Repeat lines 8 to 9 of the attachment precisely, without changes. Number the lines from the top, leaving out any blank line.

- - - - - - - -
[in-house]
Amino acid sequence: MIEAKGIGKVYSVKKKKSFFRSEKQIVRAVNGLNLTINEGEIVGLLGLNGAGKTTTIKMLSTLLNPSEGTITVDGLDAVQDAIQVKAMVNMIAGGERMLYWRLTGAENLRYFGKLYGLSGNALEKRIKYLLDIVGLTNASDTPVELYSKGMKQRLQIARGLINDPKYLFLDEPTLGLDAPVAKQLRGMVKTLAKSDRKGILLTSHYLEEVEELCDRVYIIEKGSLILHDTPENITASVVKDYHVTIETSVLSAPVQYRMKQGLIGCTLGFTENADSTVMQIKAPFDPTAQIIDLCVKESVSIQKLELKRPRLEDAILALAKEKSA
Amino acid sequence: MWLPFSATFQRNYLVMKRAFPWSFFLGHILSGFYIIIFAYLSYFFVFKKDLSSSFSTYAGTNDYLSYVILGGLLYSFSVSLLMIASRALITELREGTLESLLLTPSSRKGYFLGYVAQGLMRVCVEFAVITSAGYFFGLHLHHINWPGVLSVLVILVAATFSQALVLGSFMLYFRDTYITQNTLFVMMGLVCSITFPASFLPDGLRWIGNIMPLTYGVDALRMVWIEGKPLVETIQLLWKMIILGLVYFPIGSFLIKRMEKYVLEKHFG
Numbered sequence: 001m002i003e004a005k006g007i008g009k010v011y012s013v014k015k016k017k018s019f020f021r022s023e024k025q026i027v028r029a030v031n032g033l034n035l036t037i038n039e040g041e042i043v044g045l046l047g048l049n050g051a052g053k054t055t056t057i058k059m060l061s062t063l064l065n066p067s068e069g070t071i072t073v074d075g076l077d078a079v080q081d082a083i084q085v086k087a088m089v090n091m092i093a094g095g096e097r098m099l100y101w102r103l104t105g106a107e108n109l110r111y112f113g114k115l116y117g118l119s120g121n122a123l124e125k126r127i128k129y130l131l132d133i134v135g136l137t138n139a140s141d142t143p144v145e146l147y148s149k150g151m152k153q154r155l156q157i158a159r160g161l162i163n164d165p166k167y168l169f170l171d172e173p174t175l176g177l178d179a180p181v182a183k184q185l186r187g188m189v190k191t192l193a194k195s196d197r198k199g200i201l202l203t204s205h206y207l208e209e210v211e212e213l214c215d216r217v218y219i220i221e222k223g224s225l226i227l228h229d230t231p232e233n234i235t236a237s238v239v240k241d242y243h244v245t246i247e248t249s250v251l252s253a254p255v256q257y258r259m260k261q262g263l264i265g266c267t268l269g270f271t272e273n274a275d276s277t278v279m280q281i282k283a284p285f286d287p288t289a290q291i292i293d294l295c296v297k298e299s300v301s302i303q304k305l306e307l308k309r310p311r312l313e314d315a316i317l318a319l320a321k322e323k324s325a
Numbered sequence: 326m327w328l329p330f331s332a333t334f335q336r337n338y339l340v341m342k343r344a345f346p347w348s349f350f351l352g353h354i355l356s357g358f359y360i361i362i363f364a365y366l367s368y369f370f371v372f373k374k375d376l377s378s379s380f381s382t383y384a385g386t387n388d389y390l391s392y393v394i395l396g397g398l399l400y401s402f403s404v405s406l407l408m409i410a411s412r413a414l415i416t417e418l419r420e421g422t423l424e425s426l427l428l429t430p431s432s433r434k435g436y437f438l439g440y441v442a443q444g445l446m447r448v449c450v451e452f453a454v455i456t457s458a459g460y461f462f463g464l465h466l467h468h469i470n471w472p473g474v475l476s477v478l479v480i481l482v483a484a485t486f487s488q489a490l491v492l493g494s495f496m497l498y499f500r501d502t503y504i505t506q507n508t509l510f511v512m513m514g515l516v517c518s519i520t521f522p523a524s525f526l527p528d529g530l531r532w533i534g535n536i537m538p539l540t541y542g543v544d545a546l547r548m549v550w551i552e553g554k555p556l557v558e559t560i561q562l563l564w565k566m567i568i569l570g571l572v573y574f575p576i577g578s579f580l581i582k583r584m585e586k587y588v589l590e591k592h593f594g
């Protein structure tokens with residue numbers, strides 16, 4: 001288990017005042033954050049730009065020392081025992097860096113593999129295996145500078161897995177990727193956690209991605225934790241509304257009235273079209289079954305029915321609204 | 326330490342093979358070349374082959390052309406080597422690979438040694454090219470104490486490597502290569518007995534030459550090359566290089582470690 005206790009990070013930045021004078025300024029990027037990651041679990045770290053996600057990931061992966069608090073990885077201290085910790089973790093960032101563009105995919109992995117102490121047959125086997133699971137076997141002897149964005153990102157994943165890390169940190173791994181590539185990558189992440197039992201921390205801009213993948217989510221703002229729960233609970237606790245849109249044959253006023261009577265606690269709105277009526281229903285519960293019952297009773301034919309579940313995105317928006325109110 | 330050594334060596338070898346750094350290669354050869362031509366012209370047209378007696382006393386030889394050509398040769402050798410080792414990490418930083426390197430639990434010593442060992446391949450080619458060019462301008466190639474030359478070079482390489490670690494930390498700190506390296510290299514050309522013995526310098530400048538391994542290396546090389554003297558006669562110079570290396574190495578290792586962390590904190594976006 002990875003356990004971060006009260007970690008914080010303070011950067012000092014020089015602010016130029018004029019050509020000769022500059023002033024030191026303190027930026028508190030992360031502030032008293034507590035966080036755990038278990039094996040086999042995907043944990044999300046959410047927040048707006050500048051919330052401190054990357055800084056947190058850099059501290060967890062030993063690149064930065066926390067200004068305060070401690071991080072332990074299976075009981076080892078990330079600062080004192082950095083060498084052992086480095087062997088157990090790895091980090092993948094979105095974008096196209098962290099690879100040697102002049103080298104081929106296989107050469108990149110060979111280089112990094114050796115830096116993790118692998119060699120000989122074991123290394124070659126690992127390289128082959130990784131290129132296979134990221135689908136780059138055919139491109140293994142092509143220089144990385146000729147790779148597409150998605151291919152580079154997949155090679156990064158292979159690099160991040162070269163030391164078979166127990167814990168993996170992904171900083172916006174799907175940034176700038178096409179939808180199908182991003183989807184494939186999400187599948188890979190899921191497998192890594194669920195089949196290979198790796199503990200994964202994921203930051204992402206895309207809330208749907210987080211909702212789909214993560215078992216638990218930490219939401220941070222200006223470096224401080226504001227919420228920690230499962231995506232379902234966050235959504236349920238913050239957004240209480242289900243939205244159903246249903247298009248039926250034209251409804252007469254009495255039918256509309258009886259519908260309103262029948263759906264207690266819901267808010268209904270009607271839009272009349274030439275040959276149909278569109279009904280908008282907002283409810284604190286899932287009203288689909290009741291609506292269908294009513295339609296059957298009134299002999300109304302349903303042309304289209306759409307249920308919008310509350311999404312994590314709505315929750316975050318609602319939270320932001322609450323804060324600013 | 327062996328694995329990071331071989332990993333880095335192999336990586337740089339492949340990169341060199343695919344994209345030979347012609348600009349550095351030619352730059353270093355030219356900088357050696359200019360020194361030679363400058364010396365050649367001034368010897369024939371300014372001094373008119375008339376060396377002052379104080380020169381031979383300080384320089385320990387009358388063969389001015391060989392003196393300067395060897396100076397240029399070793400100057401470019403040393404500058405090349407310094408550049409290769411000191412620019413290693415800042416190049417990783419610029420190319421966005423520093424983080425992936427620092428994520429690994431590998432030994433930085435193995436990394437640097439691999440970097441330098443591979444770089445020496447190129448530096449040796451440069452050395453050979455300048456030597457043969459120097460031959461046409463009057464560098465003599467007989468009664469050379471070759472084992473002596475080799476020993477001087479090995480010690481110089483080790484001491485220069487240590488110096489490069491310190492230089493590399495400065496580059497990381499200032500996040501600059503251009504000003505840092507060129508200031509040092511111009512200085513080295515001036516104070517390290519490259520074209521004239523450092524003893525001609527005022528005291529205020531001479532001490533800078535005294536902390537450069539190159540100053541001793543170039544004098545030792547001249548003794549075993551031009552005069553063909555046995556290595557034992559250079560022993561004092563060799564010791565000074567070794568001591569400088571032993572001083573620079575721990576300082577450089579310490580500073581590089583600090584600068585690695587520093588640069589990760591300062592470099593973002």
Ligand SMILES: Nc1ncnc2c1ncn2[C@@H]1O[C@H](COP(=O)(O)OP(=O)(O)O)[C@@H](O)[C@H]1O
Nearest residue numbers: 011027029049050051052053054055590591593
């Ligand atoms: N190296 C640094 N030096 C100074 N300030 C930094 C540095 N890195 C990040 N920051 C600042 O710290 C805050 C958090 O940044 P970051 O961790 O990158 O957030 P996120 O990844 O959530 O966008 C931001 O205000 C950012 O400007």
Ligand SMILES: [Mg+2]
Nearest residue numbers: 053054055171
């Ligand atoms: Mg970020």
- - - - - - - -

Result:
Nearest residue numbers: 011027029049050051052053054055590591593
């Ligand atoms: N190296 C640094 N030096 C100074 N300030 C930094 C540095 N890195 C990040 N920051 C600042 O710290 C805050 C958090 O940044 P970051 O961790 O990158 O957030 P996120 O990844 O959530 O966008 C931001 O205000 C950012 O400007």